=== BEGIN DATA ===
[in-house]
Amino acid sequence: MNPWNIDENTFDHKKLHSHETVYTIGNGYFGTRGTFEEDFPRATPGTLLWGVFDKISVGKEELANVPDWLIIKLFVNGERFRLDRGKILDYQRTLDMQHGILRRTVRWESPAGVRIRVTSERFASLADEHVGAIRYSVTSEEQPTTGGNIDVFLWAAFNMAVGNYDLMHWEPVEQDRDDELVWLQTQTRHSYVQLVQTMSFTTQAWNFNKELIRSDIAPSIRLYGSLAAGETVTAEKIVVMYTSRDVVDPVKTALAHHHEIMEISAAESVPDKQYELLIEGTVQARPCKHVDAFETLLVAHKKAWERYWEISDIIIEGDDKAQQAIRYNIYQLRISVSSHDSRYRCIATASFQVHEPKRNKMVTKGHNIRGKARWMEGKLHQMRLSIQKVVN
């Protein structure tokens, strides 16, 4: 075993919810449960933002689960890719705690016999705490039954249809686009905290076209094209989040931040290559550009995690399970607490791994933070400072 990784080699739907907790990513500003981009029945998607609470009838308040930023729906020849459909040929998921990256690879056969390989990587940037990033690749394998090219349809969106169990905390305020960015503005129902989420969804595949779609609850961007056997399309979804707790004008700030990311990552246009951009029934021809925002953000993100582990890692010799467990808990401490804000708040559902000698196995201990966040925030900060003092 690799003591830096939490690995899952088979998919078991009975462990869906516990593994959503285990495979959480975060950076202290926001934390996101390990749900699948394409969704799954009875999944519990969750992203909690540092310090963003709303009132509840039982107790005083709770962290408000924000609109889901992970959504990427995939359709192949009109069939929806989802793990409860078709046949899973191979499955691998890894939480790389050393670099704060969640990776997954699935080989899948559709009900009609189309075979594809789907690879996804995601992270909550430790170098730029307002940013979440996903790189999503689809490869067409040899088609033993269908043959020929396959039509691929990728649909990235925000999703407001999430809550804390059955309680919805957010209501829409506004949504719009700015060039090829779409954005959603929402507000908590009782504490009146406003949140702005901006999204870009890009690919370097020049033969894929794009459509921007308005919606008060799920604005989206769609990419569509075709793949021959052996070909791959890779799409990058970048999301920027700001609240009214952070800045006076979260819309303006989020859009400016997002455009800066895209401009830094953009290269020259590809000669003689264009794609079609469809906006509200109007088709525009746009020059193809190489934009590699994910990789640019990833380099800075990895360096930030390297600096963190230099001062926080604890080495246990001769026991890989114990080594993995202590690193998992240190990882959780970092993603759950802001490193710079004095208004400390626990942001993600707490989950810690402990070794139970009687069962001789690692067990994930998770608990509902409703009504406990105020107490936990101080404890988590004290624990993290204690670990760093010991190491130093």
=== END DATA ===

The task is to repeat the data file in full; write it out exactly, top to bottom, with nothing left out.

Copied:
[in-house]
Amino acid sequence: MNPWNIDENTFDHKKLHSHETVYTIGNGYFGTRGTFEEDFPRATPGTLLWGVFDKISVGKEELANVPDWLIIKLFVNGERFRLDRGKILDYQRTLDMQHGILRRTVRWESPAGVRIRVTSERFASLADEHVGAIRYSVTSEEQPTTGGNIDVFLWAAFNMAVGNYDLMHWEPVEQDRDDELVWLQTQTRHSYVQLVQTMSFTTQAWNFNKELIRSDIAPSIRLYGSLAAGETVTAEKIVVMYTSRDVVDPVKTALAHHHEIMEISAAESVPDKQYELLIEGTVQARPCKHVDAFETLLVAHKKAWERYWEISDIIIEGDDKAQQAIRYNIYQLRISVSSHDSRYRCIATASFQVHEPKRNKMVTKGHNIRGKARWMEGKLHQMRLSIQKVVN
């Protein structure tokens, strides 16, 4: 075993919810449960933002689960890719705690016999705490039954249809686009905290076209094209989040931040290559550009995690399970607490791994933070400072 990784080699739907907790990513500003981009029945998607609470009838308040930023729906020849459909040929998921990256690879056969390989990587940037990033690749394998090219349809969106169990905390305020960015503005129902989420969804595949779609609850961007056997399309979804707790004008700030990311990552246009951009029934021809925002953000993100582990890692010799467990808990401490804000708040559902000698196995201990966040925030900060003092 690799003591830096939490690995899952088979998919078991009975462990869906516990593994959503285990495979959480975060950076202290926001934390996101390990749900699948394409969704799954009875999944519990969750992203909690540092310090963003709303009132509840039982107790005083709770962290408000924000609109889901992970959504990427995939359709192949009109069939929806989802793990409860078709046949899973191979499955691998890894939480790389050393670099704060969640990776997954699935080989899948559709009900009609189309075979594809789907690879996804995601992270909550430790170098730029307002940013979440996903790189999503689809490869067409040899088609033993269908043959020929396959039509691929990728649909990235925000999703407001999430809550804390059955309680919805957010209501829409506004949504719009700015060039090829779409954005959603929402507000908590009782504490009146406003949140702005901006999204870009890009690919370097020049033969894929794009459509921007308005919606008060799920604005989206769609990419569509075709793949021959052996070909791959890779799409990058970048999301920027700001609240009214952070800045006076979260819309303006989020859009400016997002455009800066895209401009830094953009290269020259590809000669003689264009794609079609469809906006509200109007088709525009746009020059193809190489934009590699994910990789640019990833380099800075990895360096930030390297600096963190230099001062926080604890080495246990001769026991890989114990080594993995202590690193998992240190990882959780970092993603759950802001490193710079004095208004400390626990942001993600707490989950810690402990070794139970009687069962001789690692067990994930998770608990509902409703009504406990105020107490936990101080404890988590004290624990993290204690670990760093010991190491130093």